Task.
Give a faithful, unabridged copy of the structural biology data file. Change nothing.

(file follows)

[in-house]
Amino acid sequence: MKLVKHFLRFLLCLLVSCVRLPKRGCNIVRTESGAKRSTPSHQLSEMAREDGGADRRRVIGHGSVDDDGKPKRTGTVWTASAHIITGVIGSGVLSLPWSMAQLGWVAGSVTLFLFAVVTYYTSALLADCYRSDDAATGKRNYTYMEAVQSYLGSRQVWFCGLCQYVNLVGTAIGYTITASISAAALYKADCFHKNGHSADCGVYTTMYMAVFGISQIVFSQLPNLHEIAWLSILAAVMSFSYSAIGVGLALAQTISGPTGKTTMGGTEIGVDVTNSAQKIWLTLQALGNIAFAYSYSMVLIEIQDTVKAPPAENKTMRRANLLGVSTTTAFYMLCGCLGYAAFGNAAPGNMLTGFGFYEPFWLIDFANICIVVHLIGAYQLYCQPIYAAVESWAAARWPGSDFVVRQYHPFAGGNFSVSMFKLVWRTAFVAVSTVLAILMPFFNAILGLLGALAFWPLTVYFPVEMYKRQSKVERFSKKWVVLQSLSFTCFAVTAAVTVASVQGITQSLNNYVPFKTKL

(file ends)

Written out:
[in-house]
Amino acid sequence: MKLVKHFLRFLLCLLVSCVRLPKRGCNIVRTESGAKRSTPSHQLSEMAREDGGADRRRVIGHGSVDDDGKPKRTGTVWTASAHIITGVIGSGVLSLPWSMAQLGWVAGSVTLFLFAVVTYYTSALLADCYRSDDAATGKRNYTYMEAVQSYLGSRQVWFCGLCQYVNLVGTAIGYTITASISAAALYKADCFHKNGHSADCGVYTTMYMAVFGISQIVFSQLPNLHEIAWLSILAAVMSFSYSAIGVGLALAQTISGPTGKTTMGGTEIGVDVTNSAQKIWLTLQALGNIAFAYSYSMVLIEIQDTVKAPPAENKTMRRANLLGVSTTTAFYMLCGCLGYAAFGNAAPGNMLTGFGFYEPFWLIDFANICIVVHLIGAYQLYCQPIYAAVESWAAARWPGSDFVVRQYHPFAGGNFSVSMFKLVWRTAFVAVSTVLAILMPFFNAILGLLGALAFWPLTVYFPVEMYKRQSKVERFSKKWVVLQSLSFTCFAVTAAVTVASVQGITQSLNNYVPFKTKL